Mediterranean - Written by on Wednesday, February 13, 2013 6:30 - 4 Comments

Mediterranean Blues

Article by Tricia Christopher, Landscape Architect and Designer of the Mediterranean and Sensory Gardens

Weeds…. they can be overwhelming this time of year due to spring rains and warming weather. Don’t despair! You can win the battle of the weeds without resorting to deadly chemicals or furious digging and yanking. A weed-fighting method called “sheet mulching” works in harmony with nature; weeds disappear while soil improves at the same time.

How does it work? The weeds are literally smothered and not allowed to see the light of day. Layers of compostable materials (such as newspaper or cardboard, compost and wood chips) are piled on top of the weeds. Then the naturally occurring microorganisms and worms in the soil below do the magical job decomposing the weeds.

With time, the mulch layers break down and provide organic material and nutrients to the soil. Thus, sheet mulching not only gets rid of weeds, it also improves the soil fertility and helps a happy community of earthworms keep the soil aerated.

In contrast, digging out weeds disrupts the soil’s natural ecosystem and destroys earthworm tunnels. Spraying with herbicides adds environmentally questionable chemicals to the garden. Sheet mulching works with nature rather than against it. 

Sheet mulching is simple and inexpensive, just follow the steps below:

  1. Dampen whole sections of newspaper or flattened cardboard boxes by placing in a large bucket or play pool filled with water. Remove and place directly on weeds, overlapping for complete coverage. Another alternative is to use cardboard sold in rolls, using at least 2 to 3 layers; spray cardboard with water to dampen after rolling out.
  2. Spread a  4” to 6” layer of mulch over the newspaper/cardboard.  The mulch can consist of wood chips or a combination of weed-free compost and wood chips. Wood chips can often be found for free from a local tree company.
  3. Plant new plants by cutting holes through the newspaper/cardboard.  Replace mulch around plants, but don’t smother them! Hold the mulch a couple of inches away from the base of the plant. If large plants are being used (such as 5 gallon cans and larger), it is best to plant them first, and then sheet mulch around them. Try to keep soil under the sheet mulching so weed seeds will be smothered.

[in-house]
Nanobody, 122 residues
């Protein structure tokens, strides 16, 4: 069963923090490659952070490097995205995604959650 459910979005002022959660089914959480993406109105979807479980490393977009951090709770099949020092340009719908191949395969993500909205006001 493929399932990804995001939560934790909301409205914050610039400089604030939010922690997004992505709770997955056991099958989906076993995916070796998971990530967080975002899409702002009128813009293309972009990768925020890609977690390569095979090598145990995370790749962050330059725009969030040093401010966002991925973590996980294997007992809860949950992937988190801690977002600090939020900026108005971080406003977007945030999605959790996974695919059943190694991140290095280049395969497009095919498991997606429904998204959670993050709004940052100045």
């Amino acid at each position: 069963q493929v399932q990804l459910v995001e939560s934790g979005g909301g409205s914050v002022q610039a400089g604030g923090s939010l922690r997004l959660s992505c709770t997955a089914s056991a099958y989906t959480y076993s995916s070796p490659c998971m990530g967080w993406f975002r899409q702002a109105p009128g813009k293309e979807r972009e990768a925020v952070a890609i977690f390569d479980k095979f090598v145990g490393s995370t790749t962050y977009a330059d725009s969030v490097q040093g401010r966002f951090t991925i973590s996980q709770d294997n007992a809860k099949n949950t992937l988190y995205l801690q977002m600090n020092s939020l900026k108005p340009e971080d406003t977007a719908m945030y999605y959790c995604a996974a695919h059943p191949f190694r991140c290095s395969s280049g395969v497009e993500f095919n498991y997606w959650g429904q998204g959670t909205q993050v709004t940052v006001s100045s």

4. The weeds will naturally bio-degrade within a month or two. The wood chips or compost can be replenished annually as needed. Subsequent weeding is much easier as the soil becomes looser and more organic.The sheet mulching technique was used in both the Mediterranean Garden and the Sensory Garden in The Gardens at Lake Merritt with great success:

     Before Sheet Mulching: Dense weeds covered the Mediterranean Garden site.


     Dampened cardboard was placed in layers over the planting beds.

    Drip irrigation tubing was installed on top of the cardboard.


    Compost and wood chips were placed over newspaper layers at the Sensory Garden.

     Holes were dug through the layers for new plants.


    The completed Mediterranean Garden 1-1/2 years later.Weeds are still suppressed by sheet mulching and the plants are flourishing

    You’ll find Tricia Christopher in the Mediterranean Garden most work party days (the first and third Saturdays of every month). She’s happy to answer your questions about Mediterranean gardening and/or visit her website

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Apr 19, 2012 8:40

Is it possible to use this kind of sheet mulching work in an area where you are planting something that you want to spread (i.e. a ground cover) ? (I’m not sure how the new plants would punch their own holes through it.)

Tricia Christopher
Apr 19, 2012 11:48

Hi Janet,

Thanks for your excellent question. Yes, you can plant a ground cover that spreads and roots in an area that’s been sheet mulched. For the initial planting, cut a small hole through the underlying newspaper or cardboard so that the roots are in soil. As the plant grows and sends out runners, they will root in the mulch on top. (Make sure you water sufficiently during the initial establishment period). The sheet mulch gradually breaks down to become soil, so the ground cover can continue to develop deeper roots. As it spreads, the ground cover will also work to shade out new weed seedlings. Plus, pulling weeds is easier after mulching, since the ground is looser when it contains decomposed organic material.

Apr 20, 2012 8:10

Thanks Tricia!

Aug 5, 2013 12:26

I’m hoping to replace my lawn with xeriscape, but first I have to get rid of the old lawn, and I hope i can do it with sheet mulch. I saw the bit about the drip irrigation. We have a sprinkler system that we’d like to replace with drip irrigation. Should that be taken care of before the sheet mulching? (Seems to make sense.)

Also, will the new surface after the mulch is laid down be higher than the current level of the yard? I know you’re supposed to dig low 3 inches below the level of any concrete (driveway or sidewalk), but beyond that, it sounds likes the levels will be 3-4 inches above the current lawn.

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